Exploring the processes of bacteria self-organization using mathematical modelling and experimental studies
Tuesday, June 15 at 04:15am (PDT)Tuesday, June 15 at 12:15pm (BST)Tuesday, June 15 08:15pm (KST)
Diane Peurichard (Inria Paris, France), Marie Doumic (Inria Paris, France)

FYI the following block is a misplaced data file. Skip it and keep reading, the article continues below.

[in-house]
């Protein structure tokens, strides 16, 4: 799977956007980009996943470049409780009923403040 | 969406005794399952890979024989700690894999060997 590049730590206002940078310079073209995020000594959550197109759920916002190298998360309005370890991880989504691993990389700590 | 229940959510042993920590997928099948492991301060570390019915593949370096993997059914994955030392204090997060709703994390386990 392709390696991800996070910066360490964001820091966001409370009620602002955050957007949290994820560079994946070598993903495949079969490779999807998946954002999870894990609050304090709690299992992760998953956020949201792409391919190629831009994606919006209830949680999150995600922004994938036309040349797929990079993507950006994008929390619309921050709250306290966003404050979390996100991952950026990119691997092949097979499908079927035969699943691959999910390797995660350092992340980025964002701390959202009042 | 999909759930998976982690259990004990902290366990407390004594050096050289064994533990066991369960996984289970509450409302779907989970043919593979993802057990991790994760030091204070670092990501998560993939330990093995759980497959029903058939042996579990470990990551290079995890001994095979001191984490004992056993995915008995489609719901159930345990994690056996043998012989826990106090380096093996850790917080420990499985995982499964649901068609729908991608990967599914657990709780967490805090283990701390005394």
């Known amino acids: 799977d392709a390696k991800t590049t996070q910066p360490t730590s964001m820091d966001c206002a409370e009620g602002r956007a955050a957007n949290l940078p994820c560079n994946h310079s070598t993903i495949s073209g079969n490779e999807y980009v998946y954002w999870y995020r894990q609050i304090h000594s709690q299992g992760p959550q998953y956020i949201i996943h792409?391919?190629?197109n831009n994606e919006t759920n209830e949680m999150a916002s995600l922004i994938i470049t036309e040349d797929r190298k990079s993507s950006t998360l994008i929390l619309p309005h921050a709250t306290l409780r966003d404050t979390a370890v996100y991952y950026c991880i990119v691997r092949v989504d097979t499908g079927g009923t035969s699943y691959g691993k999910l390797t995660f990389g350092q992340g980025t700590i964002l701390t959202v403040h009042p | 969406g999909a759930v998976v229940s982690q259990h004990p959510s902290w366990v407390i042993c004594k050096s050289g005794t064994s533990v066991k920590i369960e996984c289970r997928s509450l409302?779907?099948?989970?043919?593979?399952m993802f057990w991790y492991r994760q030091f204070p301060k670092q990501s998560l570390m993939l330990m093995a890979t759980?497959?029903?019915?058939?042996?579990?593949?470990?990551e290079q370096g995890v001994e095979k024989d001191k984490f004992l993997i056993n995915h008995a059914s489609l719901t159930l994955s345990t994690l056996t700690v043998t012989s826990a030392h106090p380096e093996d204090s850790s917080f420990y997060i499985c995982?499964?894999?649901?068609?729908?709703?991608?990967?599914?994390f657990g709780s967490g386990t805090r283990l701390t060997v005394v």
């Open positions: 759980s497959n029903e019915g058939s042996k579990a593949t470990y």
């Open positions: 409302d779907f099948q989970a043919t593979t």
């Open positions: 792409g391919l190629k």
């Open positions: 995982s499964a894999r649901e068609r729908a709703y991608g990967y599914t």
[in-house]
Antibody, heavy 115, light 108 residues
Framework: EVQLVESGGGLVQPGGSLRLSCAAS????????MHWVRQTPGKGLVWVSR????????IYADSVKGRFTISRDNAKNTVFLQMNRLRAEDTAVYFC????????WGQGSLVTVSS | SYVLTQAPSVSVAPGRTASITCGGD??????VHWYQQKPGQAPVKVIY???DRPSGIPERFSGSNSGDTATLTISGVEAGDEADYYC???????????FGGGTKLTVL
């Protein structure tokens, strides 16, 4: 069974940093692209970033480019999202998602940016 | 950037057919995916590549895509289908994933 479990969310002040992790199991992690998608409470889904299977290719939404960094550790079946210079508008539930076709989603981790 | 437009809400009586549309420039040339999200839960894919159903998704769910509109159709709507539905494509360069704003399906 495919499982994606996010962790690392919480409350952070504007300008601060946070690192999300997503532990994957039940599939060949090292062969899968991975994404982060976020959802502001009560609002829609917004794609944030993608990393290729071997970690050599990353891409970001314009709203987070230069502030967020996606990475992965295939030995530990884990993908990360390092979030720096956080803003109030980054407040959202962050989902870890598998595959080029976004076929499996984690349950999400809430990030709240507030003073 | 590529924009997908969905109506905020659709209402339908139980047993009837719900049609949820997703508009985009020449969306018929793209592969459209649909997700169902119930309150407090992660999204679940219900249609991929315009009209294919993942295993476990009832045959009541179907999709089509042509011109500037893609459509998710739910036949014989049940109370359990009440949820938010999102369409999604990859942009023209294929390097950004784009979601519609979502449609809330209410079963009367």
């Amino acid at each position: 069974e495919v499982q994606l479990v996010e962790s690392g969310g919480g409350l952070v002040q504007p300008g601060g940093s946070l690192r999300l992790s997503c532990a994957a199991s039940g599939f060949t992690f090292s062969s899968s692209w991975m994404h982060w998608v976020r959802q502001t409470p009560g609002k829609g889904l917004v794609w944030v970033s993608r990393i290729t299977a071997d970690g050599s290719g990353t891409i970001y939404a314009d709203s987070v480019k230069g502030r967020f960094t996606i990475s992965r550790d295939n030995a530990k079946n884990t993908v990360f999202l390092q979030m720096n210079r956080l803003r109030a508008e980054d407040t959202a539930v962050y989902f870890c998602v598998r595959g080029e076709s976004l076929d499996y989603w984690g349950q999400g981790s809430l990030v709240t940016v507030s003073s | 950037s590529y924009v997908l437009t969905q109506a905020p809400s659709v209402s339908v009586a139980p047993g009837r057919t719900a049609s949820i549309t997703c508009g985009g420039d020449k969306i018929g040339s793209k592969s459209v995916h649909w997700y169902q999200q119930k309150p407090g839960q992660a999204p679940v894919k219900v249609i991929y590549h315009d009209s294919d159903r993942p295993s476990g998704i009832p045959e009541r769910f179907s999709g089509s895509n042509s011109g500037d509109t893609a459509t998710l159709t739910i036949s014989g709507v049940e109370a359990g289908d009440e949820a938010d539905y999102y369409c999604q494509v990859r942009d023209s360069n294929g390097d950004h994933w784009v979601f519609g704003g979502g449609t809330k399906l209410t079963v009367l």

Bacteria are ubiquitous unicellular organisms, whose biomass exceeds that of all other living organisms, and on which our survival is dependent. From a single organism, they quickly develop into complex and organized micro-colonies and biofilm structures, as a result of an interplay between various chemical and biological signaling as well as mechanical interactions. Understanding the mechanisms at play in this self-organization is not only essential for biological applications with medical and environmental perspectives (bioremediation of contaminants in soil, antibiotic resistance, food fermentation, filtration, antimicrobial action, wastewater treatment etc), but it also brings complex and more general theoretical questions about self-organization of interacting particle systems. The goal of this minisymposium is to bring together experts from different backgrounds to offer a state of the art view on the mechanisms at play in interacting particle systems, with a special focus on bacteria self-organization into micro-colonies. Through lab experiments, data driven modelling, theoretical and numerical analysis of mathematical models, this mini-symposium will emphasize the importance of interdisciplinarity in the study of biological systems, and illustrate how the synergy between biology and mathematics can lead to a new understanding of real systems, while bringing new challenges in both fields and enriching them greatly. The micro-colonies formation will be studied at different levels (individual or collective scales, deterministic or stochastic phenomena, etc) using different techniques (continuum/agent-based models, microscopy images, image processing tools, etc) with a particular focus on spatial organization and mechanical aspects.